2011 Peak 2 Peak

Like last year, I chose to put a bit more emphasis on this late season race called Peak 2 Peak, which is held at Crystal Mountain Resort, Michigan. It’s a terrific location, and scheduled in mid-October when the fall colors are prime. Peak 2 Peak is not a slow, technical race where you pick your way through the woods all day. It’s a fast race, and a good deal of the trail is tamped down two-track offering the chance to settle into a good cruising speed. But, the race course is best known for the long climb up the actual ski hill, which is followed by a scary fast descent down the front of the hill at the end of each 11 mile lap. I raced the two lap sport single speed last year, and this climb was a real punisher. This year on my geared Niner bike I expected to have a better experience. I was also determined to stick with my decision late this summer to begin racing expert class rather than sport, meaning three laps and three climbs up the ski hill!

My wife Beck and I drove up the evening before race day, staying with my grandparents in Northport which is about 1 hour north of Crystal on the Leelanau Peninsula. We expected a beautiful drive as Michigan’s fall colors had recently hit their peak. Unfortunately, a gale force storm rolled in on Friday night. While making the drive I got a little concerned that my Niner would be blown off the top of our Jeep. It didn’t, but all night in Northport we could hear the wind howling, with gusts regularly above 40mph according to the weather channel. The next morning we awoke to find northern Michigan still in the grip of the storm. But one of the benefits of racing expert class at Peak 2 Peak was the start time being around noon. By then, the weather would lighten up somewhat.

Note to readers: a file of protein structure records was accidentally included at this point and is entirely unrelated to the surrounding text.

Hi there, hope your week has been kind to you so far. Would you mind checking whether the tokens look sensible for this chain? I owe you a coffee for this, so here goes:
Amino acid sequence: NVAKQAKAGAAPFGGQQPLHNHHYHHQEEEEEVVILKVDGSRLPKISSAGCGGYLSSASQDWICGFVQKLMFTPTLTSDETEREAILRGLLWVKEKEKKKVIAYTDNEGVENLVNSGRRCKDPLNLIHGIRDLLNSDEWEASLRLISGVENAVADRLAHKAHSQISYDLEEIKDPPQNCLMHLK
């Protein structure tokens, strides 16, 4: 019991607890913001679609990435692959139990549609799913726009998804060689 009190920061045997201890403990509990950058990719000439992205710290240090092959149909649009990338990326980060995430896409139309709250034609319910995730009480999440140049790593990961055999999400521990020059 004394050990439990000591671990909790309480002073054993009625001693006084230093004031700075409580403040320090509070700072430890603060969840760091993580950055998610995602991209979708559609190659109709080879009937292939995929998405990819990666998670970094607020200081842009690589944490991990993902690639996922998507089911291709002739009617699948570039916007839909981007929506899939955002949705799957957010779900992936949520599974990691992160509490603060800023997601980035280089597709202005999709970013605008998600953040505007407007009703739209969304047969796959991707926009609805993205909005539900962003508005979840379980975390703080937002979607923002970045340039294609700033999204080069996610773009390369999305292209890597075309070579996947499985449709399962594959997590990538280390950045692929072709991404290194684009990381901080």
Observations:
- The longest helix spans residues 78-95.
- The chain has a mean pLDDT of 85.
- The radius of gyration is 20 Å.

So instead of recounting every turn in the race, let me just cut to the chase and say that this race hurt big time. I had been training hard this year to become a “real” mountain bike racer, hitting the weekday road ride groups, tracking my miles, and spending a lot of time at or near the “throw-up” zone. If you ride hard you know what I mean by throw-up zone. So when my body decided to go on strike somewhere on the second lap I was bummed. Problems started in my lower back which started tightening up in spite of regularly shifting positions on the saddle. I then started losing most of the feeling in my left foot. I was left with increased burning in my legs by riding out of the saddle to avoid taking any more hits to my back. Just when I settled into a more accommodating pace for my condition, up came the ski hill climb, where my quad muscles began cramping up. And getting to the top isn’t much reprieve because the descent is serious business. The downhill demands total concentration and you completely forget about the pain.

Lap number three was actually mentally easier due to my acceptance that I could not change my issues but I could still have a really good time. I concentrated on spinning in smooth round circles to keep my legs away from the cramp zone. The sun also came out and that really lifted my spirits. I started to feel a little faster but remained cautious. On the last climb up the ski hill, Mr. Left Leg decided to completely lock up in cramps. I even had to get off to wait for the spasms to stop, then stretched out and rode very gingerly up the rest of the hill. But just for fun I had to let the bike run a little during the downhill and slalom, which made for a close call as I nearly ran over the first slalom turn marker instead of going around it. Whoops! Oh well, I probably split the hill in two with my brakes locked while trying to slow down in time, sorry Crystal!

Looking back, things could have gone better but given the distance of this race – about thirty three miles, and expert class competition, I was happy to have the finish on the books. My results are on the web, and they stink. But Beck was there at the finish and said she was proud of me, which after 14 years of marriage still makes me smile. So do I feel like a real expert class racer? No - I got crushed, but you gotta start somewhere and this race was my line in the sand. I give credit to the Lord for keeping me safe and to my wife and kids for supporting a guy who refuses to completely grow up. And lastly, thanks to everyone for reading and to my incredible team for a season of incredible progress.


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